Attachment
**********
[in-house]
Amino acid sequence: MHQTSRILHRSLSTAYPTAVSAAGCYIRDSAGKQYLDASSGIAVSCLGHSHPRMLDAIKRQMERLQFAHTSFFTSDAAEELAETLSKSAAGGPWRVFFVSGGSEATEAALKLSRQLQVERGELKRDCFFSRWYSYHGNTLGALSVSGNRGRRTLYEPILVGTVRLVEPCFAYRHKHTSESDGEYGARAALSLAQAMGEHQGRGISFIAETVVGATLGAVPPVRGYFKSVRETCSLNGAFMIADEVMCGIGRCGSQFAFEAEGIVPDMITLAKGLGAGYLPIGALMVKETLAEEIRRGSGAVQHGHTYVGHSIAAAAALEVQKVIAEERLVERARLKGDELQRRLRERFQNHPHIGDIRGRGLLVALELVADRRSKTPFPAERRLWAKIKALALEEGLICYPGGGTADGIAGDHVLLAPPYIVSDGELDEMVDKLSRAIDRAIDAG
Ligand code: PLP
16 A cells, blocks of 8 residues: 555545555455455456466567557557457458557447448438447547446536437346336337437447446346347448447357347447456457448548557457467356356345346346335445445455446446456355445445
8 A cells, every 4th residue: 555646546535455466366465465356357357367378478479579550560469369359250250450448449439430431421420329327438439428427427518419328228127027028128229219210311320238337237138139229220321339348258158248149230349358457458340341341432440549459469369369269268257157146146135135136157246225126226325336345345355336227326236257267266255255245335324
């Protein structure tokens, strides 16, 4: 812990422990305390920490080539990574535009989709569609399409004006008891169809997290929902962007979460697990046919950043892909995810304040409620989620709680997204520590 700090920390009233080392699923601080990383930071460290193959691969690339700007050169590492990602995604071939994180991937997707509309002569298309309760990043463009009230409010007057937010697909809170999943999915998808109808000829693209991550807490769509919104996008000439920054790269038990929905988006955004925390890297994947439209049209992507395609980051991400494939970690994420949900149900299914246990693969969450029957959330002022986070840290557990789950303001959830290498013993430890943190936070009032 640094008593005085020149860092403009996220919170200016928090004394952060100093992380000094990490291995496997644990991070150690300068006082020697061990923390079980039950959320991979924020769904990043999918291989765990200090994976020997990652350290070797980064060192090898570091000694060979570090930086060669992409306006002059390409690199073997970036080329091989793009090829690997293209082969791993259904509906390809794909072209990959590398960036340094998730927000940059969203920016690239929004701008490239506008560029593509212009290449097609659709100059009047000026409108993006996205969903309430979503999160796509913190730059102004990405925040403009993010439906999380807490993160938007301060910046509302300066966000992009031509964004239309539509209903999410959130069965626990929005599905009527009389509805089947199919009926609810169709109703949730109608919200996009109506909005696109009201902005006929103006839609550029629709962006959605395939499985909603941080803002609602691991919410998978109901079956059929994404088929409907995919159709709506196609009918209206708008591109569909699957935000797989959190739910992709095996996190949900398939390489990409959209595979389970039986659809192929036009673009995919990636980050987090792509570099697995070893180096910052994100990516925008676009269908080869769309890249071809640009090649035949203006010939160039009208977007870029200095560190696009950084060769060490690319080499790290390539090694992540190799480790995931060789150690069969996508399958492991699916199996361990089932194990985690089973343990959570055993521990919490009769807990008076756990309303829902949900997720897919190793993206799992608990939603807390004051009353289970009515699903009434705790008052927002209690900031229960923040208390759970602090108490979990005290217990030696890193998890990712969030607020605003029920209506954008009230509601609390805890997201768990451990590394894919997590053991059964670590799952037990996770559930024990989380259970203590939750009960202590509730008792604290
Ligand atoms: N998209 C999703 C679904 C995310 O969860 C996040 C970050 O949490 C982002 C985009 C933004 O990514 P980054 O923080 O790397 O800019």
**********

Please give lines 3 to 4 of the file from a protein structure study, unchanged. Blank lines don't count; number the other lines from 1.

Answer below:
Ligand code: PLP
16 A cells, blocks of 8 residues: 555545555455455456466567557557457458557447448438447547446536437346336337437447446346347448447357347447456457448548557457467356356345346346335445445455446446456355445445